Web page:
DULUTH — Enbridge says its Line 3 replacement pipeline is getting more expensive in the wake of regulatory delays and changes to the project.
The proposed oil pipeline is now set to cost $6.5 billion, which is 9 percent higher than previous estimates.
"(The increase) primarily reflects delays in the regulatory process, scope changes and route modifications as well as other changes that resulted from the extensive consultation process," Enbridge said in a news release this week, noting that a strong American dollar and lower operating costs will "fully offset" the higher building costs. (A figure of $7.5 billion used in some previous reports was in Canadian dollars.)
The new pipeline would replace the existing 50-year-old Line 3 that cuts across Minnesota on its 1,031-mile route between Alberta and Superior, Wis. The project is intended to return Line 3 to its original capacity near 760,000 barrels per day; the current line's capacity has been reduced because of restrictions on the pressure in the pipe, Enbridge has said.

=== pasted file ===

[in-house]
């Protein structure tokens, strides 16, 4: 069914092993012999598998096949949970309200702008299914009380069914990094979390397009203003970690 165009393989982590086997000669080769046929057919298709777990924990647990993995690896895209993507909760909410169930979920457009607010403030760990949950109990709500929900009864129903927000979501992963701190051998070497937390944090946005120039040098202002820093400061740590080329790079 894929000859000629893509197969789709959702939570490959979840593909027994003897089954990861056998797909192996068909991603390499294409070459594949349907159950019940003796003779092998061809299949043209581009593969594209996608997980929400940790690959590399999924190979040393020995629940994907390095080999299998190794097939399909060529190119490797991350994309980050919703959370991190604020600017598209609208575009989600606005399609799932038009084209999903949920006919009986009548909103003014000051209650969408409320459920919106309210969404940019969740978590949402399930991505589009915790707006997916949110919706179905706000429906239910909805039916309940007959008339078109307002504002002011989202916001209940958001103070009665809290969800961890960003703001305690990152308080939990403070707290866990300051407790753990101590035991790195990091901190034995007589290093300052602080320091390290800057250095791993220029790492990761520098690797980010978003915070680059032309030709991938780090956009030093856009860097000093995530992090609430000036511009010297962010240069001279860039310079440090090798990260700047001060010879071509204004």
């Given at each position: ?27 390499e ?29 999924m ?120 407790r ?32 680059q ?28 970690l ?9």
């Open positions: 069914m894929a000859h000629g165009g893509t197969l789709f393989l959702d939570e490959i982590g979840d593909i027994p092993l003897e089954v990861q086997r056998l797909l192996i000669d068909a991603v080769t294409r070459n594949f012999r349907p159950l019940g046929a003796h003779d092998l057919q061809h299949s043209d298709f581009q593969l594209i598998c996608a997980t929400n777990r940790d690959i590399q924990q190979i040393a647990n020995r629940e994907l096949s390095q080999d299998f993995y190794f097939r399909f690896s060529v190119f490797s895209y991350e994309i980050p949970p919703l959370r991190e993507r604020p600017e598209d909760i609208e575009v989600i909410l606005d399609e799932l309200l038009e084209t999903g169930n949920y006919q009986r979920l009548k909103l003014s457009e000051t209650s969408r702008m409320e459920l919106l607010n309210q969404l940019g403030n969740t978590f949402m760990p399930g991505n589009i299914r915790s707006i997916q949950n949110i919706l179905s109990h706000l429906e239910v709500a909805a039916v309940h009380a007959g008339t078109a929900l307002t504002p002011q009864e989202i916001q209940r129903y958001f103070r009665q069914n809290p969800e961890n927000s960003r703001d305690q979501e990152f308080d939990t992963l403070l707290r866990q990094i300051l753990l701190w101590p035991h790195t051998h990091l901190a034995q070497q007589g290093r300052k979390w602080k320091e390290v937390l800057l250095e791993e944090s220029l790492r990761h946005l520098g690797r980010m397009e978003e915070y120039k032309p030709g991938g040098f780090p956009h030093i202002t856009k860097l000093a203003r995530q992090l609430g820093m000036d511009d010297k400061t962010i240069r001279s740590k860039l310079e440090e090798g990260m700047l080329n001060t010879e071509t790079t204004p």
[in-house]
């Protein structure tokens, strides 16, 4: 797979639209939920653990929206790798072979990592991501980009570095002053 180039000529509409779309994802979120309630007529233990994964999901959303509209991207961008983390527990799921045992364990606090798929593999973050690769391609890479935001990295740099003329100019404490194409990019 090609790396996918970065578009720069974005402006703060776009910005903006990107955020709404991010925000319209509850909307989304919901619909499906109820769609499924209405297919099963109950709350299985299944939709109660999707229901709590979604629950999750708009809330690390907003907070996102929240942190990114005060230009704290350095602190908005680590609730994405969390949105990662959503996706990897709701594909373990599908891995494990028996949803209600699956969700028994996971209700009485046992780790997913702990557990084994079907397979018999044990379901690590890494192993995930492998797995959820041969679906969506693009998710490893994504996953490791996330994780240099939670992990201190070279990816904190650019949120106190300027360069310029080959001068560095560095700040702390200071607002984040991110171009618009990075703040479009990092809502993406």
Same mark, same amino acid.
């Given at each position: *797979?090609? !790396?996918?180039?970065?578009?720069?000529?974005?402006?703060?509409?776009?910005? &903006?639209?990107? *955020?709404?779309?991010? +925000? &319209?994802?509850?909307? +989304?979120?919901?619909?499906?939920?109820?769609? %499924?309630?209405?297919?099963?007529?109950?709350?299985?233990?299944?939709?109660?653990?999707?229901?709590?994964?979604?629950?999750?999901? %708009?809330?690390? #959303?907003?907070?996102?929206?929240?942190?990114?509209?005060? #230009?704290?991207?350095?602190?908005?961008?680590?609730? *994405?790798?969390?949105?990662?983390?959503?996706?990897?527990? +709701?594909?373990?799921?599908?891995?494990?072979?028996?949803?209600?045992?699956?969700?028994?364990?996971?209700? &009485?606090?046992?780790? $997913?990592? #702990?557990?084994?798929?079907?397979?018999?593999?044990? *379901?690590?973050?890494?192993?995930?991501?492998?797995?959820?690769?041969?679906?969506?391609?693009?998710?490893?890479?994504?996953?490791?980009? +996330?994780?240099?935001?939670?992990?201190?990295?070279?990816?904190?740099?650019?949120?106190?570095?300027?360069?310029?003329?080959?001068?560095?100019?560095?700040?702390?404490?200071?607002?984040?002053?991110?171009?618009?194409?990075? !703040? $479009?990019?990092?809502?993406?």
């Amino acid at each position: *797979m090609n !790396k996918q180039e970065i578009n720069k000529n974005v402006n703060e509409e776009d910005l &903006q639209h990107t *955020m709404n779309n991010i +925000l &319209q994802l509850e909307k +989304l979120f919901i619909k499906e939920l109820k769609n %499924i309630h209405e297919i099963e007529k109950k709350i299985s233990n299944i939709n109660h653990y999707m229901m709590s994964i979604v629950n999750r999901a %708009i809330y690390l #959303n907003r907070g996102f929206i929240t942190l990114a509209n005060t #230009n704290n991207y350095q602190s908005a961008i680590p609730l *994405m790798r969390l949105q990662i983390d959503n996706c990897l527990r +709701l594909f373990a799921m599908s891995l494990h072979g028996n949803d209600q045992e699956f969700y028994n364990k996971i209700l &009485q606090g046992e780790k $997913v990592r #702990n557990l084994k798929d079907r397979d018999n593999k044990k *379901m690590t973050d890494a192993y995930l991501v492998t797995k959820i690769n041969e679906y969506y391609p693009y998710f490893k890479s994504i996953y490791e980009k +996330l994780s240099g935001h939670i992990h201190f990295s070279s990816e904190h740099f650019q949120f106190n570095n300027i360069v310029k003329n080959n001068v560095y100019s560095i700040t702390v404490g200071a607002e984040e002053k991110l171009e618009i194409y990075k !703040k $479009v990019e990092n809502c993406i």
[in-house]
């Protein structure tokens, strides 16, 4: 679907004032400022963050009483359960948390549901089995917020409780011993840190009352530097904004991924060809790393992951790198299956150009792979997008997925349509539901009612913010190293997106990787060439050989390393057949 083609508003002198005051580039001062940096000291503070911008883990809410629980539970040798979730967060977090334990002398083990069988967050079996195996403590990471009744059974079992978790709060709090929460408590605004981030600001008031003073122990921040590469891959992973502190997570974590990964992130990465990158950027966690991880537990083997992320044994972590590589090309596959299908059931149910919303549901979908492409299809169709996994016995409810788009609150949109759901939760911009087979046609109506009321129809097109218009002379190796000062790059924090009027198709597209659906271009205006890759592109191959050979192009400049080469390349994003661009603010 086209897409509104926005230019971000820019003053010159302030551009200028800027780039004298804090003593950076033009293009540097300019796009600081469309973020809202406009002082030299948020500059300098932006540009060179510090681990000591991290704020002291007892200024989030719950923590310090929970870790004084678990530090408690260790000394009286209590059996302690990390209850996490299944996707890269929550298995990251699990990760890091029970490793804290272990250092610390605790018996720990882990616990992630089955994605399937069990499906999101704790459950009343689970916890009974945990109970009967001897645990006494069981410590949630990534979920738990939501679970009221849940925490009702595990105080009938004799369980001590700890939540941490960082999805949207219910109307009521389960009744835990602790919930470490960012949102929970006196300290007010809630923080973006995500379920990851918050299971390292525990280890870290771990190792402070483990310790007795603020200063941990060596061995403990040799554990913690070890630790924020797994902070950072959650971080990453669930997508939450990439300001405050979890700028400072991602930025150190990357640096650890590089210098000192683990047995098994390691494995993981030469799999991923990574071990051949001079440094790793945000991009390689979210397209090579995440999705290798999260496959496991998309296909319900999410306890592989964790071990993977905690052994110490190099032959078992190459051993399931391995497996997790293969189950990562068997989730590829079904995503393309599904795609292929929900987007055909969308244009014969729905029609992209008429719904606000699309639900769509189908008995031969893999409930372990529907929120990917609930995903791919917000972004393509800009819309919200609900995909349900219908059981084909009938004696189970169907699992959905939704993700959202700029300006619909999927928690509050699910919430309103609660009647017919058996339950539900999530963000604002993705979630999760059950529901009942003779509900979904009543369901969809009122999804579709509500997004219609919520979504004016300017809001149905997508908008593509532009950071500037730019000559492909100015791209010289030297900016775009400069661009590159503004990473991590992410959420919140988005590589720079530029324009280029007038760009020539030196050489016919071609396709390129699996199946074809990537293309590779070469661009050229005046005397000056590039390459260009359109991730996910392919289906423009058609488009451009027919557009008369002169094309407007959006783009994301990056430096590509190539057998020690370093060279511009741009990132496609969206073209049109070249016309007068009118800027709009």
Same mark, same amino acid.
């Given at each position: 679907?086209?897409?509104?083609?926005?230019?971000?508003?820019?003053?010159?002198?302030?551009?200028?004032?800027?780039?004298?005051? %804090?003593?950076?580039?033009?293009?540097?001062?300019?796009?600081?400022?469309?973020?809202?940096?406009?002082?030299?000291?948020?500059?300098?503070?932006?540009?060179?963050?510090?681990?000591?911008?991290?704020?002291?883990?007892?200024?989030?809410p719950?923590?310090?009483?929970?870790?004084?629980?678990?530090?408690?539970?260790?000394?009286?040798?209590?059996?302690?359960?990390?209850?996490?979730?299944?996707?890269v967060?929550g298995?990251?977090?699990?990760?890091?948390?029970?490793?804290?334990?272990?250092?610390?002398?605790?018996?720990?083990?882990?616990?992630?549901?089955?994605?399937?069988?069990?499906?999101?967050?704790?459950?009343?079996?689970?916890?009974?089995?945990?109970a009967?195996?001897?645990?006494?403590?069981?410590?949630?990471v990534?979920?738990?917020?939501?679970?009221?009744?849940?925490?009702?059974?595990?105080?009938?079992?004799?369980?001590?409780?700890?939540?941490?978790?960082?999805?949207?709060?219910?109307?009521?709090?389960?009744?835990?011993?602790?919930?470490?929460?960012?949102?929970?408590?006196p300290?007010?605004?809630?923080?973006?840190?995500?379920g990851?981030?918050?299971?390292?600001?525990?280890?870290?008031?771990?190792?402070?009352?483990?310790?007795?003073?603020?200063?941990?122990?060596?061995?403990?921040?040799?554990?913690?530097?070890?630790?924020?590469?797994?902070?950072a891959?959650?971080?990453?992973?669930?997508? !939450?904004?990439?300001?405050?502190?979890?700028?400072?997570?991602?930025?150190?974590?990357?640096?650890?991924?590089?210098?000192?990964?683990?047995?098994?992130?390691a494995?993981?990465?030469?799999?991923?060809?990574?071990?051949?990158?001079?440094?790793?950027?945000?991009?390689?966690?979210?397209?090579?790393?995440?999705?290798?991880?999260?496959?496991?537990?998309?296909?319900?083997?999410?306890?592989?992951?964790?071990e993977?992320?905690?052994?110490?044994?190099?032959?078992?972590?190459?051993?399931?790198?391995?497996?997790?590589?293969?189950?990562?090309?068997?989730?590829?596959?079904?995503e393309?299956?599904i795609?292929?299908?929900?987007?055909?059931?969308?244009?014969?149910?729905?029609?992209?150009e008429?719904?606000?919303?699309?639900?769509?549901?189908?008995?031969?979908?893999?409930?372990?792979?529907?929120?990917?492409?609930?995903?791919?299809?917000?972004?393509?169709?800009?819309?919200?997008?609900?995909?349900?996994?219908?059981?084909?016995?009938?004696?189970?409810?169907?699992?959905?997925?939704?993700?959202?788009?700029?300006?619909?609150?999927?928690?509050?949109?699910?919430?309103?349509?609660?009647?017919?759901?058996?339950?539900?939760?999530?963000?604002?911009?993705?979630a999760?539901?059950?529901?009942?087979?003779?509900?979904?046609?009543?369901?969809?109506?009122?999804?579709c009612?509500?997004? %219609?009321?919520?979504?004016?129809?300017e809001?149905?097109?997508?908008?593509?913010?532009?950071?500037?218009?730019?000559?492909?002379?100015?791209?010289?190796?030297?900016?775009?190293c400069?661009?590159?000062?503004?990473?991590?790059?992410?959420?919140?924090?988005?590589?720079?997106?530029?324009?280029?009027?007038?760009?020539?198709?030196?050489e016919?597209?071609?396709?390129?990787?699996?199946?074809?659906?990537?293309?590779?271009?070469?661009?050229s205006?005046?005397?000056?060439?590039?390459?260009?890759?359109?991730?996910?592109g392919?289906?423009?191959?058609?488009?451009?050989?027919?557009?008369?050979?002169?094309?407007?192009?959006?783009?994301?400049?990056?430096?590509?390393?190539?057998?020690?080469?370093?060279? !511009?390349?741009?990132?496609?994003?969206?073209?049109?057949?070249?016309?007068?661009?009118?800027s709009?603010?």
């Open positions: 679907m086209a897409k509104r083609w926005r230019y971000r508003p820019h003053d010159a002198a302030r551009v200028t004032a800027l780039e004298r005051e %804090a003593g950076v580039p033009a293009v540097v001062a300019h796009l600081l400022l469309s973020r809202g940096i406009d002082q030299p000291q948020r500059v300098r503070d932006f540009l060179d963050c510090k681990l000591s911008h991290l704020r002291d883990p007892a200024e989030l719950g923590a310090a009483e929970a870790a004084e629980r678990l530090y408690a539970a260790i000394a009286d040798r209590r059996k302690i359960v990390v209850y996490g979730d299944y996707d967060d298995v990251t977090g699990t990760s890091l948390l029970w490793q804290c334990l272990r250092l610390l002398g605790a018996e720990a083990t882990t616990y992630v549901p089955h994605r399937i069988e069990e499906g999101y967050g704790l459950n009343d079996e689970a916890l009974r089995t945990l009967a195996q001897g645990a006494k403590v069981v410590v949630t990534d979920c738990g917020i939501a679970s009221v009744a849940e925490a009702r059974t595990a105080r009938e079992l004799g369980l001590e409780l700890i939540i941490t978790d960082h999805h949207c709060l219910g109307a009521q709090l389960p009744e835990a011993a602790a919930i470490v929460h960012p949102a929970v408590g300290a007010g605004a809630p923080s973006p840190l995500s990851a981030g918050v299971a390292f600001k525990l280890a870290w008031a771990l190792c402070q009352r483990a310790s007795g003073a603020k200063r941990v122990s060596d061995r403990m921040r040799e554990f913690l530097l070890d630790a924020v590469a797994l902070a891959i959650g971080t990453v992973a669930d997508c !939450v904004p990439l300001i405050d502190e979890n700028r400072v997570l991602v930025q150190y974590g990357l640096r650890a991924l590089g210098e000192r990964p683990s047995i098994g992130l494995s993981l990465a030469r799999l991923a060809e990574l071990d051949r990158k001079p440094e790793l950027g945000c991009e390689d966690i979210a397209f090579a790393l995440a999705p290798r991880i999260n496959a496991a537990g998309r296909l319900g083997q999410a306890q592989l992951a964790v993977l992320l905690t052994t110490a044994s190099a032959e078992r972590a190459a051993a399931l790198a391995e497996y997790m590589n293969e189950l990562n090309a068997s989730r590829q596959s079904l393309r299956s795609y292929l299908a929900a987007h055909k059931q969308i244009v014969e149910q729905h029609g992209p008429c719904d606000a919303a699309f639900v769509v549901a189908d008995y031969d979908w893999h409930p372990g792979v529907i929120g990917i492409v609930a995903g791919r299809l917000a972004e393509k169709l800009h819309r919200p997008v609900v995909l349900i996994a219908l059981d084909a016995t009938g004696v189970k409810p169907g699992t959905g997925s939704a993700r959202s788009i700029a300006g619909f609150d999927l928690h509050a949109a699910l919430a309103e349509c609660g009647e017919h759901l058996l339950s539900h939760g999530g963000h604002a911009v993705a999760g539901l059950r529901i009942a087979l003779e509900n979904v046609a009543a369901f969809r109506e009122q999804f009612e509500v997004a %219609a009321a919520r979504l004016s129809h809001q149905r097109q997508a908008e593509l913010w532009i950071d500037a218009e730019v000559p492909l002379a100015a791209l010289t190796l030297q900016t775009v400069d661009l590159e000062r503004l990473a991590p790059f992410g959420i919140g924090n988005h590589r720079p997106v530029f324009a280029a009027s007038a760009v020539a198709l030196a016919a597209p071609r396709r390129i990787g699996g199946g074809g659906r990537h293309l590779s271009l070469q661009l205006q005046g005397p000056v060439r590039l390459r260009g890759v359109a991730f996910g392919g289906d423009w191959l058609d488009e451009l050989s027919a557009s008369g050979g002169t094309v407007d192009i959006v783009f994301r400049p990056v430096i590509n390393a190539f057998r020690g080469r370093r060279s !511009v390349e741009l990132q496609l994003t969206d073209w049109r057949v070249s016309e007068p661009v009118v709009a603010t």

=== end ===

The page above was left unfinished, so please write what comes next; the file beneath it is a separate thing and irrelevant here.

Work started recently on 12 miles of new pipe from the Minnesota-Wisconsin state line to Superior, and construction will start in Canada this summer as well.
Minnesota has yet to approve Enbridge's replacement plan, which includes a new route across the state. A final environmental impact statement will be released next Thursday, and more public hearings are scheduled for this fall. The state Public Utilities Commission could decide the fate of the pipeline as soon as next spring.
The specter of the Dakota Access pipeline protests hangs over the project as critics line up against the pipeline on environmental and tribal sovereignty grounds. Supporters say it will provide thousands of good-paying jobs.